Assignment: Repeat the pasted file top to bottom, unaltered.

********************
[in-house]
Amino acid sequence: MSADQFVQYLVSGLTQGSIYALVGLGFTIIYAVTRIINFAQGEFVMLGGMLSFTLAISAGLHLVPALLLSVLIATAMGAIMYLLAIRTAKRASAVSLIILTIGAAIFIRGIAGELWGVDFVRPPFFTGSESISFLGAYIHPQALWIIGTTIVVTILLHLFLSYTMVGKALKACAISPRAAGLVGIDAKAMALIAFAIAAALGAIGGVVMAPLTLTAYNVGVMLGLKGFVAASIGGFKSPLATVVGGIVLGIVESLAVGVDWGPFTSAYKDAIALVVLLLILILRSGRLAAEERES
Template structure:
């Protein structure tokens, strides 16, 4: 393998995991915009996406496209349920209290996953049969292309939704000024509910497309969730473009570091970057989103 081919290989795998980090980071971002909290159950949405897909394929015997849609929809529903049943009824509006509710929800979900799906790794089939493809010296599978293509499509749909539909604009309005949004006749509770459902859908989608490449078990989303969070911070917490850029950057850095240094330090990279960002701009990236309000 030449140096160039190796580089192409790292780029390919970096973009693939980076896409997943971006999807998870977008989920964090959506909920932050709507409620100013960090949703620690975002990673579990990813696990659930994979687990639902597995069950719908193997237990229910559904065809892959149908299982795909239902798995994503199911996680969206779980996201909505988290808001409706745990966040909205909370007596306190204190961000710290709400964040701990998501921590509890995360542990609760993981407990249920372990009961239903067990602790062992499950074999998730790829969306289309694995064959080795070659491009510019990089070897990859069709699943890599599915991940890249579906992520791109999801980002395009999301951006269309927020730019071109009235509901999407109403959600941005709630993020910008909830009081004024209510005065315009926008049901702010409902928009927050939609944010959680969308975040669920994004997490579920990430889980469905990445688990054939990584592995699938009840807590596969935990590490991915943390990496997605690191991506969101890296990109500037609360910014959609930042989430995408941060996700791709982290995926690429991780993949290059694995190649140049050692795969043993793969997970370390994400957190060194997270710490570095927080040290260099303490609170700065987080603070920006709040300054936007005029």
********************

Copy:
[in-house]
Amino acid sequence: MSADQFVQYLVSGLTQGSIYALVGLGFTIIYAVTRIINFAQGEFVMLGGMLSFTLAISAGLHLVPALLLSVLIATAMGAIMYLLAIRTAKRASAVSLIILTIGAAIFIRGIAGELWGVDFVRPPFFTGSESISFLGAYIHPQALWIIGTTIVVTILLHLFLSYTMVGKALKACAISPRAAGLVGIDAKAMALIAFAIAAALGAIGGVVMAPLTLTAYNVGVMLGLKGFVAASIGGFKSPLATVVGGIVLGIVESLAVGVDWGPFTSAYKDAIALVVLLLILILRSGRLAAEERES
Template structure:
């Protein structure tokens, strides 16, 4: 393998995991915009996406496209349920209290996953049969292309939704000024509910497309969730473009570091970057989103 081919290989795998980090980071971002909290159950949405897909394929015997849609929809529903049943009824509006509710929800979900799906790794089939493809010296599978293509499509749909539909604009309005949004006749509770459902859908989608490449078990989303969070911070917490850029950057850095240094330090990279960002701009990236309000 030449140096160039190796580089192409790292780029390919970096973009693939980076896409997943971006999807998870977008989920964090959506909920932050709507409620100013960090949703620690975002990673579990990813696990659930994979687990639902597995069950719908193997237990229910559904065809892959149908299982795909239902798995994503199911996680969206779980996201909505988290808001409706745990966040909205909370007596306190204190961000710290709400964040701990998501921590509890995360542990609760993981407990249920372990009961239903067990602790062992499950074999998730790829969306289309694995064959080795070659491009510019990089070897990859069709699943890599599915991940890249579906992520791109999801980002395009999301951006269309927020730019071109009235509901999407109403959600941005709630993020910008909830009081004024209510005065315009926008049901702010409902928009927050939609944010959680969308975040669920994004997490579920990430889980469905990445688990054939990584592995699938009840807590596969935990590490991915943390990496997605690191991506969101890296990109500037609360910014959609930042989430995408941060996700791709982290995926690429991780993949290059694995190649140049050692795969043993793969997970370390994400957190060194997270710490570095927080040290260099303490609170700065987080603070920006709040300054936007005029």